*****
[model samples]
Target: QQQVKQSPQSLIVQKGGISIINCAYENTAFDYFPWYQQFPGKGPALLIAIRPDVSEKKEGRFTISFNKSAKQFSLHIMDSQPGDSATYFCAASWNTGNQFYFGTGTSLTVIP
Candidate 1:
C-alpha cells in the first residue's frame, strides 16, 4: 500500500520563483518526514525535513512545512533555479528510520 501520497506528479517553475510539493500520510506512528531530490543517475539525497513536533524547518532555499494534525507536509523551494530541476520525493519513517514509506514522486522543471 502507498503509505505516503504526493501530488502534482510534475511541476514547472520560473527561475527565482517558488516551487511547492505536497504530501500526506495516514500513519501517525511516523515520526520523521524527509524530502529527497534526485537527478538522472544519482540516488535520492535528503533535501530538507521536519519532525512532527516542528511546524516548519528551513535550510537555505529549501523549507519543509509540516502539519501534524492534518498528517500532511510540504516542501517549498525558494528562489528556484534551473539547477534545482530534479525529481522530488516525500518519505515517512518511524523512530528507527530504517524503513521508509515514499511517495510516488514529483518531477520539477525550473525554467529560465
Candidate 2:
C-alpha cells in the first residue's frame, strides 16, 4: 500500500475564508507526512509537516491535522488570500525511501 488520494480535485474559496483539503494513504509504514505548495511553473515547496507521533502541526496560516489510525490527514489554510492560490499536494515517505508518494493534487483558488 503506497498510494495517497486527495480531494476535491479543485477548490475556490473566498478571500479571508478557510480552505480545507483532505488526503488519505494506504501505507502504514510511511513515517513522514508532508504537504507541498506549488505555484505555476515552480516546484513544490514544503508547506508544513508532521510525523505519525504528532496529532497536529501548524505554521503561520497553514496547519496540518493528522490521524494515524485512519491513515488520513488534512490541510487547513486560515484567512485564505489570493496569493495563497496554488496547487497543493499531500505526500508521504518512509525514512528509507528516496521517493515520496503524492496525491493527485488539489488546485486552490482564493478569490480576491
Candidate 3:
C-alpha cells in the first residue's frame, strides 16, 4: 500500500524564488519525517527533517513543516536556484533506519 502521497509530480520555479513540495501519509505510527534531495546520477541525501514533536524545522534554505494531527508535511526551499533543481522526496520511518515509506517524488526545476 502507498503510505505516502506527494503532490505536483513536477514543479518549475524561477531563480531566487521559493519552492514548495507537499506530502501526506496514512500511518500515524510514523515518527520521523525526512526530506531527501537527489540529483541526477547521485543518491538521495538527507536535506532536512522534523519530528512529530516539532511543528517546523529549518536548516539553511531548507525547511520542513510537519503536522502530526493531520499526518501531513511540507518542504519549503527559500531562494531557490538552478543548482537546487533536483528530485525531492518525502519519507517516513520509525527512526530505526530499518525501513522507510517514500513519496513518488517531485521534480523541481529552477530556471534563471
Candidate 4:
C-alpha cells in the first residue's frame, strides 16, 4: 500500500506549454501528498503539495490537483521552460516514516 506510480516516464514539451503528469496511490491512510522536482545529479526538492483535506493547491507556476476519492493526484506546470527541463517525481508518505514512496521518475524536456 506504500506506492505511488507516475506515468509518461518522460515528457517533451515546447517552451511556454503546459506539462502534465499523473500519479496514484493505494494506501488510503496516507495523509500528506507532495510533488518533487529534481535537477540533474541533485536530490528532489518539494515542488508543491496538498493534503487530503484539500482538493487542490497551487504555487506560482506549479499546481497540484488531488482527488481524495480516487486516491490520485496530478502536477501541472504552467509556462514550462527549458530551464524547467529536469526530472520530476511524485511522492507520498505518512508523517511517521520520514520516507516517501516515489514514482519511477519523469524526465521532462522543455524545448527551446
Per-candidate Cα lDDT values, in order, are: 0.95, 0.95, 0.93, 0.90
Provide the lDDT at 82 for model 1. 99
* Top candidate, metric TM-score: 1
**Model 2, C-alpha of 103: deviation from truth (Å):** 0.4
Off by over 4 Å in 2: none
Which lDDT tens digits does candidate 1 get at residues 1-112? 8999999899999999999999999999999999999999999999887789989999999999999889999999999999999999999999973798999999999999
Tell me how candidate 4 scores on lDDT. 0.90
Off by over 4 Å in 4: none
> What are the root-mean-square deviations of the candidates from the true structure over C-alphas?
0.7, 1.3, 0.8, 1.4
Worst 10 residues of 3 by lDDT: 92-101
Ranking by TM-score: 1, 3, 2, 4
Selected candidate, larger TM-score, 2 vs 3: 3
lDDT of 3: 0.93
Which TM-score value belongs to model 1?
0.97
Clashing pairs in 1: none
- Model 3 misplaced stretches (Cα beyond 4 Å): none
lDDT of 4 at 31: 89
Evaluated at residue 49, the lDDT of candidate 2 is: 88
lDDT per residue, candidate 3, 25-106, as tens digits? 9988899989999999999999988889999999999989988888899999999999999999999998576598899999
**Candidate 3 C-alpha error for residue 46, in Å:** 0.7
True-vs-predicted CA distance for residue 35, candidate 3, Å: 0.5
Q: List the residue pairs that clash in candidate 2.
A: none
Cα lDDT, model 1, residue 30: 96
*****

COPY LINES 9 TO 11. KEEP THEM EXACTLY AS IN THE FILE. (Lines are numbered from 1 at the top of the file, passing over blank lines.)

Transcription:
Candidate 4:
C-alpha cells in the first residue's frame, strides 16, 4: 500500500506549454501528498503539495490537483521552460516514516 506510480516516464514539451503528469496511490491512510522536482545529479526538492483535506493547491507556476476519492493526484506546470527541463517525481508518505514512496521518475524536456 506504500506506492505511488507516475506515468509518461518522460515528457517533451515546447517552451511556454503546459506539462502534465499523473500519479496514484493505494494506501488510503496516507495523509500528506507532495510533488518533487529534481535537477540533474541533485536530490528532489518539494515542488508543491496538498493534503487530503484539500482538493487542490497551487504555487506560482506549479499546481497540484488531488482527488481524495480516487486516491490520485496530478502536477501541472504552467509556462514550462527549458530551464524547467529536469526530472520530476511524485511522492507520498505518512508523517511517521520520514520516507516517501516515489514514482519511477519523469524526465521532462522543455524545448527551446
Per-candidate Cα lDDT values, in order, are: 0.95, 0.95, 0.93, 0.90